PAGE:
Nebraska fought back on No. 13 Maryland and had a chance to topple the defending Big Ten champions down the stretch, but a pair of offensive rebounds late proved crucial in a 77-75 loss.
Maryland, now 23-6 on the year and 12-4 in the Big Ten, won the battle on the boards in their first meeting back on Feb. 4, 49-29. Rebounding was the emphasis heading into Sunday’s rematch and though the margin was closer, Nebraska (20-9, 11-5 Big Ten) ceded huge second-chance opportunities for most of the afternoon.
But the biggest — and most costly — came late; three of the Terps’ 18 offensive boards came in the last 1:36 of the game. Did they lead to a bevy of second-chance buckets? No, but they ran time off a clock that wasn’t the Huskers’ ally and cost Nebraska at least one or two more possessions on offense. Last-second shots are great when they fall, but no one wants to rely on them.
The Terps finished with 21 second-chance points — none bigger than the two free throws by forward Stephanie Jones to retake a 76-75 lead following an offensive board — and a 47-33 edge on the glass. Still, Nebraska had its chances.
The Huskers defense, at times loose in the first half, clamped down in the game’s final frame. Nebraska held Maryland to 21 percent shooting in the fourth quarter and without a single shot from the field in the final 4:32 of the game. The Terps missed nine of their last 10 while the Huskers strung together a 10-3 run, culminating in a Hannah Whitish triple with 49 seconds left to put the Huskers up 75-74.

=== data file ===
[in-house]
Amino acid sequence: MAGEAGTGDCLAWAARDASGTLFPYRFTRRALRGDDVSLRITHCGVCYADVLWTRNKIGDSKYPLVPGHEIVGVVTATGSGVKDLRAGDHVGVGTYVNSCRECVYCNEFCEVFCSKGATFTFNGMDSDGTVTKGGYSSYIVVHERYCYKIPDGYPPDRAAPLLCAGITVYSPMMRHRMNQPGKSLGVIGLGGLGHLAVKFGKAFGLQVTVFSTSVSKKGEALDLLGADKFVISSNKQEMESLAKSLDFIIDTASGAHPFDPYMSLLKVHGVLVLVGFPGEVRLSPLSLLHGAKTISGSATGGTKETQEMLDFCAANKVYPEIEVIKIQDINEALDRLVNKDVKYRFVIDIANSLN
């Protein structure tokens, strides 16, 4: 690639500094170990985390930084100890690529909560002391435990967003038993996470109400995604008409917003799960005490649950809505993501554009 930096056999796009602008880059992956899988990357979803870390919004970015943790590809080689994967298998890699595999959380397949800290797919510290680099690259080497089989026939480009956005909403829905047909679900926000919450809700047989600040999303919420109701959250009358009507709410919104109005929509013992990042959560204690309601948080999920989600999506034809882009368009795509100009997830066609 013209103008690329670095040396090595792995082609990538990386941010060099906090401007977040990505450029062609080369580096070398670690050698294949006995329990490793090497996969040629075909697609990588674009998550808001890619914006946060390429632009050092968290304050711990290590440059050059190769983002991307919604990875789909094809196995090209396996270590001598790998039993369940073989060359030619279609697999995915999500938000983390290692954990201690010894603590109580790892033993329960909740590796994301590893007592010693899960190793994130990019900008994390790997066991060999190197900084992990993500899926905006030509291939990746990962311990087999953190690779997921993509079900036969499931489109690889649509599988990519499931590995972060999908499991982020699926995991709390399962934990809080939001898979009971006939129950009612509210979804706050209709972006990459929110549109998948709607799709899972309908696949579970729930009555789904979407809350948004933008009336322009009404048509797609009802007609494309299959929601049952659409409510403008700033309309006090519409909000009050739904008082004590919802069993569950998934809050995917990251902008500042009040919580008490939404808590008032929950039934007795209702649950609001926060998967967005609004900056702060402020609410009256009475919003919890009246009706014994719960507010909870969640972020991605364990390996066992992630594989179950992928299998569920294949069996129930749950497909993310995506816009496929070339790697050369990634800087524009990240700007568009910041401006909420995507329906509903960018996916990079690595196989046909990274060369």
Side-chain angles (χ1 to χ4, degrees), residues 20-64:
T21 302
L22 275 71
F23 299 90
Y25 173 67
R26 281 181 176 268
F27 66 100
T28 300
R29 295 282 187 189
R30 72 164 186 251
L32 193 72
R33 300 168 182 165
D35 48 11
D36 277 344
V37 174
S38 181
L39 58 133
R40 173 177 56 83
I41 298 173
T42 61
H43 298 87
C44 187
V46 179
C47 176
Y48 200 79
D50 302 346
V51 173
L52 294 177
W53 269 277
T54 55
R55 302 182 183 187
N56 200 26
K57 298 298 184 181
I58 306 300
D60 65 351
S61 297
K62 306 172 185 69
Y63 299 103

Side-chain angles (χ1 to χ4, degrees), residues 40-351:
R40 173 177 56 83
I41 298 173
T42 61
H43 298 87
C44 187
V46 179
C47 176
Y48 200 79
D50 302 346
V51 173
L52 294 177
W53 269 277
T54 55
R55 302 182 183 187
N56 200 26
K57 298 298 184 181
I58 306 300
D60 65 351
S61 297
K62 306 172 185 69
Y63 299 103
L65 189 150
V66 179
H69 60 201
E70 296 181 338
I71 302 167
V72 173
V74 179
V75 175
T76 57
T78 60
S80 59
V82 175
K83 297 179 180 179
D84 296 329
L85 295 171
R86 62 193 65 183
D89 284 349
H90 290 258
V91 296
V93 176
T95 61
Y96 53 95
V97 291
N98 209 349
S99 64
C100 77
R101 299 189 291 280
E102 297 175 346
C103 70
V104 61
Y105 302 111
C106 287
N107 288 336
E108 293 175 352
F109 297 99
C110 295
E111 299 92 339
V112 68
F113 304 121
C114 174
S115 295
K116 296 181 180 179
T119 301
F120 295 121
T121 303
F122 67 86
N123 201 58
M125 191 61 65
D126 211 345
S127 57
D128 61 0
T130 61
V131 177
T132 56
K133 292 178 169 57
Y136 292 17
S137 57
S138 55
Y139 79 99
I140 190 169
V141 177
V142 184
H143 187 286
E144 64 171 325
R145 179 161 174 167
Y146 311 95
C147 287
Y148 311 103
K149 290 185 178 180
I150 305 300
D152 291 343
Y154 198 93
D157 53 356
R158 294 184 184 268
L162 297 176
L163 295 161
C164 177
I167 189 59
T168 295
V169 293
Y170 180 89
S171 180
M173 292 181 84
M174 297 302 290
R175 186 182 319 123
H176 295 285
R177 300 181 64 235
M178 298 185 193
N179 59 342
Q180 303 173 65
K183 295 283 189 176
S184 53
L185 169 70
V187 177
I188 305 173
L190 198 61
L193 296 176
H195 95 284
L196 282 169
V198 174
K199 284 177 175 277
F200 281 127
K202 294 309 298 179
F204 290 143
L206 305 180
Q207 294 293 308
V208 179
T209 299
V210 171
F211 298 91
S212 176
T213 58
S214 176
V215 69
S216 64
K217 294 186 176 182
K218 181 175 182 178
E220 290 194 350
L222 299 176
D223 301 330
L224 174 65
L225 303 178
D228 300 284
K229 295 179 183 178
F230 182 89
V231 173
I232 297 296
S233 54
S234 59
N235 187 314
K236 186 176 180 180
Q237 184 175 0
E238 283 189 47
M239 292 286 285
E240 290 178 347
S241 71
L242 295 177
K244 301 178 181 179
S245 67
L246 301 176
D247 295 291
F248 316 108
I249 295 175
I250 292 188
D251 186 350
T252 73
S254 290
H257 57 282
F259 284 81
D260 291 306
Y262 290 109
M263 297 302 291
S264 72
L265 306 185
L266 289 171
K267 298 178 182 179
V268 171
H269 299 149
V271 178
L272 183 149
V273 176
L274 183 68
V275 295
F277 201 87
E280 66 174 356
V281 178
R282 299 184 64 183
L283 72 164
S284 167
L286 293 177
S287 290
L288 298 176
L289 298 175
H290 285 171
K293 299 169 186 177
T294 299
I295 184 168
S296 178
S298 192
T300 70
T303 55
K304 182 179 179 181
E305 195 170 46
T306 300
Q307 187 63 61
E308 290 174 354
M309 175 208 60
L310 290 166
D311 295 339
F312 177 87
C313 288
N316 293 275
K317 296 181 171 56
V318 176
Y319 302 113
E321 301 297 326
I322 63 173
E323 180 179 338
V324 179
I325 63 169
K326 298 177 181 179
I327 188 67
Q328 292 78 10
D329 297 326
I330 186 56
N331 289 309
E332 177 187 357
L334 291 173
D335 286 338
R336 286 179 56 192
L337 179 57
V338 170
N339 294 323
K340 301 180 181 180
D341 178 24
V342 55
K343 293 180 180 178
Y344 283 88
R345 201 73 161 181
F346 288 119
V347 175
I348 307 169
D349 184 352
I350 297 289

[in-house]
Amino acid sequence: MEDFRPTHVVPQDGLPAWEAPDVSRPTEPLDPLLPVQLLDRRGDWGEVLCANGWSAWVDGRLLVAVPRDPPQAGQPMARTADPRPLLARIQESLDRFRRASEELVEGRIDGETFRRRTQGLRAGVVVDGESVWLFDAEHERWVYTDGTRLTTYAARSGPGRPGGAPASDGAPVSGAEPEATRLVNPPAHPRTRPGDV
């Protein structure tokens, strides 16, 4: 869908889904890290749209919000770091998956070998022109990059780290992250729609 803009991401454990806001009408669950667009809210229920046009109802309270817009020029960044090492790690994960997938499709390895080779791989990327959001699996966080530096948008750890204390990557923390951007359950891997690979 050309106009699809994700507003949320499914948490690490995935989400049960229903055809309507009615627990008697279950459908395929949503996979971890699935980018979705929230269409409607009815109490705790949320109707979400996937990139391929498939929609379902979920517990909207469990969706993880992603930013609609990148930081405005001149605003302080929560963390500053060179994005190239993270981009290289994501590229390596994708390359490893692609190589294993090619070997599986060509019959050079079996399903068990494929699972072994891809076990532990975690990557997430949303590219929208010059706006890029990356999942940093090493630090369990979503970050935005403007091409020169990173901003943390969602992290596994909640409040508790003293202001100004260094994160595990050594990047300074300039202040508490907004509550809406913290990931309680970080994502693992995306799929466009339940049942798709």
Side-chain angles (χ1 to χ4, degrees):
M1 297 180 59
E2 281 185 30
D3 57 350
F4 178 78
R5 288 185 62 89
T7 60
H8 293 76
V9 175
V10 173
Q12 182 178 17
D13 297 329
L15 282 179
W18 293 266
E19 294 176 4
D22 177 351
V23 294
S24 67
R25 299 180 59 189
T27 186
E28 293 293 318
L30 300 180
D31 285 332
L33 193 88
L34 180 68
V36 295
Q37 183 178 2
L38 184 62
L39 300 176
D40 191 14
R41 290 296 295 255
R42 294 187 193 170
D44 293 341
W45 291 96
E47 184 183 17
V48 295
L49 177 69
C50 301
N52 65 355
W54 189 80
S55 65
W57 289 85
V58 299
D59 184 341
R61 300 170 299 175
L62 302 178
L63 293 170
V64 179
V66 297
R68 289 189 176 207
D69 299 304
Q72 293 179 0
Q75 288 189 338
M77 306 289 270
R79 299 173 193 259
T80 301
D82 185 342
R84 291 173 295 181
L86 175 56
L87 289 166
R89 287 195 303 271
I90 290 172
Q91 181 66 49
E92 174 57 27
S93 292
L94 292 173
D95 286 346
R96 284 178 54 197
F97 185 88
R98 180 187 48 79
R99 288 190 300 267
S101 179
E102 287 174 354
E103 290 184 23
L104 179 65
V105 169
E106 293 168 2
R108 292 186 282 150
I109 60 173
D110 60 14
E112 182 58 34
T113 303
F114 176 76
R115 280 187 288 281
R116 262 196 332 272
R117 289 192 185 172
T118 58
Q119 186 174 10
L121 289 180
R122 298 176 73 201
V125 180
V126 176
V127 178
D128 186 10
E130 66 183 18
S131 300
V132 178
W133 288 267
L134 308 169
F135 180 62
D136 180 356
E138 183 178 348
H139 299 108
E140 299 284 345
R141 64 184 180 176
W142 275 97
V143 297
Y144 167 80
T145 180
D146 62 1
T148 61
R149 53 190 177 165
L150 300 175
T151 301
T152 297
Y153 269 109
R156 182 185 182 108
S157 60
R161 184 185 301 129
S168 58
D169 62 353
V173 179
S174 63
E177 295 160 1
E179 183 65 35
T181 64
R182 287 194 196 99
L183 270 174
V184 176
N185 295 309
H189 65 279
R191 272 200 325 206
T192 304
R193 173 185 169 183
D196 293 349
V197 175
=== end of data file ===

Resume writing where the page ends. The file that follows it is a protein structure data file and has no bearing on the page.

The Huskers had to feel good at the halftime break, too. What had once swelled to a 14-point lead for Maryland was down to eight despite only six first-half minutes from center Kate Cain (she picked up three fouls), nine offensive rebounds given up and 15 second-chance points off those boards.
Center Rachel Blackburn was huge for the Huskers in keeping the boat afloat in the first 20 minutes. She spelled Cain off the bench and added eight points and four boards without missing a shot. The point total was a season-high mark for the sophomore from Lawrence, Kansas.
Cain returned in the second half, where she scored all seven of her points, but looked hesitant at times inside, not wanting to pick up the personal that would force her to sit the rest of the game. Nebraska’s offense was strong, finishing at 43 percent shooting from the floor with 11 made triples.
Maryland was just too much inside.
Freshman forward Taylor Kissinger also left the game early in the first half with what appeared to be an upper-body injury after a hard fall while diving for a loose ball. She did not return.
The Huskers had already clinched a double-bye in the upcoming tournament, but the loss assures them of a three-seed when play begins on Wednesday.
Derek is a newbie on the Hail Varsity staff covering Husker athletics. In college, he was best known as ‘that guy from Twitter.’ He has covered a Sugar Bowl, a tennis national championship and almost everything in between (except an NCAA men’s basketball tournament game… *tears*). In his spare time, he can be found arguing with literally anyone about sports.